When I sent out the invite to the Maine Master Naturalist Program’s Lewiston 2013 class for a tracking expedition at one of two possible locations, grad Alan responded, “Any place you pick in western Maine is fine; you know the area and conditions well. The only request I have is for you to try to show me a ‘bear tree.’”
Bingo! I pulled a third location out of my hat because it was within an hour of those who would join us and I knew that it passed the bear tree test.
And so six of us met at 10am, strapped on our snowshoes, and ventured forth. It’s always such a joy to be with these peeps and talk and laugh and share a brain.
Because our focus at first was on beech bark while we looked for bear claw marks left behind, we also shared an imagination. One particular tree made us think of a horseshoe.
Eventually we found a few trunks with the etched scratches of bear claws that had grown wider with the years. After the first find, which was actually on a different tree, the others developed their bear tree eyes and became masters at pointing them out.
And though we’d come to track, there wasn’t a whole lot of movement in the preserve except for the occasional deer. But . . . we still found plenty to fascinate us, including Violet-toothed Polypore.
Alan was the fungi guru of the group and so to him we turned to confirm our ID. We were correct, but in the process he taught us something new about this gregarious mushroom. There are two types of Violet-toothed: Trichaptum biforme grows on hardwoods; Trichaptum abietinum grows only on conifers. Now we just need to remember that. Before our eyes the former reached to the sky on the red maple.
All along, as I’ve done all winter, I searched for an owl in a tree. Penny found one for me. Do you see it?
What I actually saw more than the owl was the face of a bear. OK, so I warned you that we took our imaginations with us.
We were almost down to the water, when the group paused. Tracks at last. Near water. Track pattern on a diagonal meaning one foot landed in front of the other in a consistent manner for each set of prints. Trail width or straddle: almost three inches. Stride we didn’t measure because it varied so much, but it was obvious that this mammal bounded through the landscape. Identification: mink. Repeatedly after first finding the tracks, we noted that it had covered a lot of territory.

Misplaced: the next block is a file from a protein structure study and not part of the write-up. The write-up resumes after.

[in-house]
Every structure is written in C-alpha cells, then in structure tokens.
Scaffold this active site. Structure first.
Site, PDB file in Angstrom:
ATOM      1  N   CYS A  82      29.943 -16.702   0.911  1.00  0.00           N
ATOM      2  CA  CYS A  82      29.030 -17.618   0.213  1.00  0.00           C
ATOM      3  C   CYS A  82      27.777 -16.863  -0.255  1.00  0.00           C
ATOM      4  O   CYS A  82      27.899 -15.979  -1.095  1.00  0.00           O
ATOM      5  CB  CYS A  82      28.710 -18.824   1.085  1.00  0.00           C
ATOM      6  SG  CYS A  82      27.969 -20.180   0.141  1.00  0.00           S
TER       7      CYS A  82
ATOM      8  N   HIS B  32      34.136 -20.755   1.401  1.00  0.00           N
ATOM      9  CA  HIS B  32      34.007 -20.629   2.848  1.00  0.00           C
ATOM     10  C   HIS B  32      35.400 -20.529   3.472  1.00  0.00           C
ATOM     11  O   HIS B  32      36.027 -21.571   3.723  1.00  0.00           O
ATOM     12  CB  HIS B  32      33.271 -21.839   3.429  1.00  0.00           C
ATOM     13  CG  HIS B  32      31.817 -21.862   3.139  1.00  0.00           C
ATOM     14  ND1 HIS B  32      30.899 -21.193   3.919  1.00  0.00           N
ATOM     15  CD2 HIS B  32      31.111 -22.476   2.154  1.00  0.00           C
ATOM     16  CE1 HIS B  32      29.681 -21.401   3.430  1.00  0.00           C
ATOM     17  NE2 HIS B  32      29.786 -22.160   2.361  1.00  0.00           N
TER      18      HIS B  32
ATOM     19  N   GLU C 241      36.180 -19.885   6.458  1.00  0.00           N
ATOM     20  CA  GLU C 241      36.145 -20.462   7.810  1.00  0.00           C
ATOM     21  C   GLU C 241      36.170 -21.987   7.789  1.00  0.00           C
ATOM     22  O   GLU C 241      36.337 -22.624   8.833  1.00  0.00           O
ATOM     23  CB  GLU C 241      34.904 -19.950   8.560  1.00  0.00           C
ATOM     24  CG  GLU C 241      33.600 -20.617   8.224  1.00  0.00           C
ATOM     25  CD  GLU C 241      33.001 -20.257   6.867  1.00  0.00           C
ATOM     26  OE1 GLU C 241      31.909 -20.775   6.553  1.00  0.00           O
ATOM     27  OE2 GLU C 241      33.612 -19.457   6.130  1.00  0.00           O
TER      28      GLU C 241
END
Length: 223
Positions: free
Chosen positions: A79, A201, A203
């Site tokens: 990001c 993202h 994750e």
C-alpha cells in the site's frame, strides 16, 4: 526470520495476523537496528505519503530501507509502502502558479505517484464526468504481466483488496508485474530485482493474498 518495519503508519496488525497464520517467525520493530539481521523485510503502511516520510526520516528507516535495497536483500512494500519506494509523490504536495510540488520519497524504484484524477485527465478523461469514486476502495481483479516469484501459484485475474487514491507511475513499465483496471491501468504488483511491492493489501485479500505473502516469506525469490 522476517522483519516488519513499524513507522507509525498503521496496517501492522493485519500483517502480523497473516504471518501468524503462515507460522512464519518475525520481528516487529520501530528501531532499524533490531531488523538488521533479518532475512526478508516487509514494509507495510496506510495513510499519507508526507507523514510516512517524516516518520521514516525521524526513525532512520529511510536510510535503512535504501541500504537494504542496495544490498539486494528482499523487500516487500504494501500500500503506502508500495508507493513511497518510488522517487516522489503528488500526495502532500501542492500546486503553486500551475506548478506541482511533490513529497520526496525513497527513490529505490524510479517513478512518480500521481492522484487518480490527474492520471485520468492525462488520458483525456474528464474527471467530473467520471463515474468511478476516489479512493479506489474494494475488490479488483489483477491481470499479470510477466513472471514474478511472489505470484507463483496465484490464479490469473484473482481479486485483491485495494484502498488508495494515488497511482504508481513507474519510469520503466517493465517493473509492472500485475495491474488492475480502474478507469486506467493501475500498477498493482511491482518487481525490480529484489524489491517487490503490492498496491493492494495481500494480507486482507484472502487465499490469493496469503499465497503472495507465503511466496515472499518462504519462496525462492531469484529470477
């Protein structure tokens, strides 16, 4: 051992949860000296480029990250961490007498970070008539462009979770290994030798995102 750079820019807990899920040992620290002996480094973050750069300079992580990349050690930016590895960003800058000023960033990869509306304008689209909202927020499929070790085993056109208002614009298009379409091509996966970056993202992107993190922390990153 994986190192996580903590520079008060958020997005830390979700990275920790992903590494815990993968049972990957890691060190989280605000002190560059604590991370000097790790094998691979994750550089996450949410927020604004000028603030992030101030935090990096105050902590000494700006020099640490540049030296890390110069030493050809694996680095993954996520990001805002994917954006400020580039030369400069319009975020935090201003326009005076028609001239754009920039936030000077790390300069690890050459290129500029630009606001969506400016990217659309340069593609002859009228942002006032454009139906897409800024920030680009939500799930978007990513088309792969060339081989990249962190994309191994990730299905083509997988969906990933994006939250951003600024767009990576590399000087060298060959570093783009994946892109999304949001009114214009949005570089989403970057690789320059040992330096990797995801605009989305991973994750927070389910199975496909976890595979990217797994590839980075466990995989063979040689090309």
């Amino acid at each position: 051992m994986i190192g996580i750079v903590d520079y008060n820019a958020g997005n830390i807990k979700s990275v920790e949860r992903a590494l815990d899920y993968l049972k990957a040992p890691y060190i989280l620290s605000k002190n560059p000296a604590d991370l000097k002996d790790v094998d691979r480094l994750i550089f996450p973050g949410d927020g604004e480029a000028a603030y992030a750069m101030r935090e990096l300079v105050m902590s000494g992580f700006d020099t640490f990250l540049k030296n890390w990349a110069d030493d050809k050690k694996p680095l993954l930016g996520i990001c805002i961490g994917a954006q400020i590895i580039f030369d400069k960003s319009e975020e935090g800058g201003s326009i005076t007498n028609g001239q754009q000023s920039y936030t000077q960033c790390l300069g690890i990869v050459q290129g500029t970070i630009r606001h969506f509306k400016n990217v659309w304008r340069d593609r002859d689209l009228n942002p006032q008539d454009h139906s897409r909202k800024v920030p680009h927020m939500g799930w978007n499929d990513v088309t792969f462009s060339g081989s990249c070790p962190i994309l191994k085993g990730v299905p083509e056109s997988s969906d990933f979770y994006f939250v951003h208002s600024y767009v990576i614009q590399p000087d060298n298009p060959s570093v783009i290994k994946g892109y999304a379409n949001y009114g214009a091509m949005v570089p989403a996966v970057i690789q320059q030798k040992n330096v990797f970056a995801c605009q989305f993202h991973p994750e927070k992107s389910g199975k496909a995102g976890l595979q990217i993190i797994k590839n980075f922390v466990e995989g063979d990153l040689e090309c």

At last, we made our way out onto the wetland associated with South Pond and followed the tracks of a much bigger beast–in fact multiple beasts: snowmobiles.
Rather than find lunch rock, we chose lunch lodge and stood in the warm sun to enjoy the view.
We did wonder if it was active and determined that though there had been some action in the fall as evidenced by the rather fresh looking sticks, there was no vent at the top so we weren’t sure any beavers were within. Maybe it was their summer cottage.
Close by, however, we found another lodge and the vent was open so we didn’t walk too near.
Because we were on the wetland, we did pause to admire the cattails, their seeds exploding forth like a fireworks finale (but of the silent type, which I much prefer).
Back on the trail, the bark of another tree stopped us. We looked at the lenticels, those lines that serve as a way to exchange gases much like our skin pores, and noted that they were thin rather than the raised figure 8s of a pin cherry.
We had a good idea of its name, but to be sure we conducted a sniff test.
Smells like . . . wintergreen! We were excited to have come face to face with black or sweet birch. Some also call it cherry birch. Hmmm . . . why not wintergreen birch? Because, yellow birch, a relative, also has that wintergreen scent when you scratch the bark, especially of a twig.
Continuing along, the temperature had risen and snow softened so periodically we had to help each other scrape snowballs off the bottoms of shoes.
Otherwise the feeling was one of walking on high heels.
As I said earlier, all kinds of things stopped us, including the straight lines of the holes created by sapsuckers, those warm-weather members of the woodpecker family. One in the neighborhood apparently decided to drum to a different beat as noted by the musical notes of the top line.
Speaking of woodpeckers, for a few minutes we all watched a pileated and admired its brilliant red crest in the afternoon sun, but we couldn’t focus our cameras on it quickly enough as it flew from tree to tree. We did, however, pause beneath a tree where it had done some recent excavation work.
And left behind a scat that resembled a miniature birch tree.
At last, four hours and two miles after starting (we’d intended to only be out for three), we’d circled around and stopped again at the kiosk to look at the map. Do note that we’d also picked up a passenger along the way for Carl Costanzi, a Western Foothills Land Trust board member and steward of the Virgil Parris Forest came upon us and joined our journey. We picked his brain a bit about the property and he picked up a pair of snowshoes that had malfunctioned for one of us. Thank you, Carl! That’s going above and beyond your duties.
Before departing, we did what we often do–circled around and took a selfie.
And then we left with smiles in our hearts and minds for the time spent reconnecting. Our memories will always be filled with the discovery of the first bear tree not too long after we began. As Penny said, “That first one was a doozy.”
Our entire time together was a doozy–of a playdate.
Thanks Beth, Gaby, Roger, Alan, and Penny. To those of you who couldn’t join us, we talked about you! All kind words because we missed you.